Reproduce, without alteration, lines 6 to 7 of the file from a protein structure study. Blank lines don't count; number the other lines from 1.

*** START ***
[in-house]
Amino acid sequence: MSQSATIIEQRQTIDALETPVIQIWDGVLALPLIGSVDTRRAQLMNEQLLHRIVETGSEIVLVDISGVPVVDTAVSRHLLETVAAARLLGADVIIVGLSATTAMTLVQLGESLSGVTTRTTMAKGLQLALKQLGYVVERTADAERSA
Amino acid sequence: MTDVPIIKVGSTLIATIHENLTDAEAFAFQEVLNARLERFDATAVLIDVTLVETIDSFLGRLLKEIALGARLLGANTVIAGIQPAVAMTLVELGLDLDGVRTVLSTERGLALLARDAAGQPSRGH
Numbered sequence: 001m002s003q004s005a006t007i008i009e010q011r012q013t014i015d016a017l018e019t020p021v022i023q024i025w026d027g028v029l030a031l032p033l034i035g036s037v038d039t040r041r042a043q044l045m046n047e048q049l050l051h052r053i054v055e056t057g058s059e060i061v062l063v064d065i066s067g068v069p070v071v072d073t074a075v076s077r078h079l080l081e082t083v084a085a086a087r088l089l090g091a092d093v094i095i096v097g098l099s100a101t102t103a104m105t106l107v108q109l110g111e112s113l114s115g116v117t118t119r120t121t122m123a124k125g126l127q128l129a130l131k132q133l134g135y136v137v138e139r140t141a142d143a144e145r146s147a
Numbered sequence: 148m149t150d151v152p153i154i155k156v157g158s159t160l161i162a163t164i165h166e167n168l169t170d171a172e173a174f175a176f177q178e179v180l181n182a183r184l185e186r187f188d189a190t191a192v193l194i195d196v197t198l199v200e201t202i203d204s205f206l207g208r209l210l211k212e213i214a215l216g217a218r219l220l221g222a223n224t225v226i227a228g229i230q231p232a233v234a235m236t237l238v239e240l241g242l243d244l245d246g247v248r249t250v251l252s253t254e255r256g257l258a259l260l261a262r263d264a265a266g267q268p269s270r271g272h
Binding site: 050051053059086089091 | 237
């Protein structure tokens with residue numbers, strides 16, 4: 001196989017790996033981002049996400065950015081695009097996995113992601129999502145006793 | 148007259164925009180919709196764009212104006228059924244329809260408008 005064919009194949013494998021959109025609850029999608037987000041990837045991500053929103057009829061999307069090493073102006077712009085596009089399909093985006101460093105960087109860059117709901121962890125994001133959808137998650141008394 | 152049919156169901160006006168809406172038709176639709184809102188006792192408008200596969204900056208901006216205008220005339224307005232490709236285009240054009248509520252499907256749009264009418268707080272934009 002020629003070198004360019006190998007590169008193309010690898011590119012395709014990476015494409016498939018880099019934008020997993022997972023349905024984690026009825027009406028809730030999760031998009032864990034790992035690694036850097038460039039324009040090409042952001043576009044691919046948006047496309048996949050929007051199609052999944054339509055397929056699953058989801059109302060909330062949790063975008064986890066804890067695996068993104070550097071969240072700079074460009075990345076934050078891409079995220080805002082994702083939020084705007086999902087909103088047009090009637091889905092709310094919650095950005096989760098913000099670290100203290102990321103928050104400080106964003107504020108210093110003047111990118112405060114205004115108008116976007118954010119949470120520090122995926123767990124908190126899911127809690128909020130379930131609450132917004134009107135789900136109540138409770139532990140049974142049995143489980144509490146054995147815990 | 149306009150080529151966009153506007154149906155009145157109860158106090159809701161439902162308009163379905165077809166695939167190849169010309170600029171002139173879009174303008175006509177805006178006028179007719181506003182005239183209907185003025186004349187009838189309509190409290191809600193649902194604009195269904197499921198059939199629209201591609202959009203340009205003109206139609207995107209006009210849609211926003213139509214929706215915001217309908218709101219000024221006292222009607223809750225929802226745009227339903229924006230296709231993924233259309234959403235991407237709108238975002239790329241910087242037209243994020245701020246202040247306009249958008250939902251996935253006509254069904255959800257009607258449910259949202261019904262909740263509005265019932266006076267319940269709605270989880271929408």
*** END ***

Binding site: 050051053059086089091 | 237
């Protein structure tokens with residue numbers, strides 16, 4: 001196989017790996033981002049996400065950015081695009097996995113992601129999502145006793 | 148007259164925009180919709196764009212104006228059924244329809260408008 005064919009194949013494998021959109025609850029999608037987000041990837045991500053929103057009829061999307069090493073102006077712009085596009089399909093985006101460093105960087109860059117709901121962890125994001133959808137998650141008394 | 152049919156169901160006006168809406172038709176639709184809102188006792192408008200596969204900056208901006216205008220005339224307005232490709236285009240054009248509520252499907256749009264009418268707080272934009 002020629003070198004360019006190998007590169008193309010690898011590119012395709014990476015494409016498939018880099019934008020997993022997972023349905024984690026009825027009406028809730030999760031998009032864990034790992035690694036850097038460039039324009040090409042952001043576009044691919046948006047496309048996949050929007051199609052999944054339509055397929056699953058989801059109302060909330062949790063975008064986890066804890067695996068993104070550097071969240072700079074460009075990345076934050078891409079995220080805002082994702083939020084705007086999902087909103088047009090009637091889905092709310094919650095950005096989760098913000099670290100203290102990321103928050104400080106964003107504020108210093110003047111990118112405060114205004115108008116976007118954010119949470120520090122995926123767990124908190126899911127809690128909020130379930131609450132917004134009107135789900136109540138409770139532990140049974142049995143489980144509490146054995147815990 | 149306009150080529151966009153506007154149906155009145157109860158106090159809701161439902162308009163379905165077809166695939167190849169010309170600029171002139173879009174303008175006509177805006178006028179007719181506003182005239183209907185003025186004349187009838189309509190409290191809600193649902194604009195269904197499921198059939199629209201591609202959009203340009205003109206139609207995107209006009210849609211926003213139509214929706215915001217309908218709101219000024221006292222009607223809750225929802226745009227339903229924006230296709231993924233259309234959403235991407237709108238975002239790329241910087242037209243994020245701020246202040247306009249958008250939902251996935253006509254069904255959800257009607258449910259949202261019904262909740263509005265019932266006076267319940269709605270989880271929408």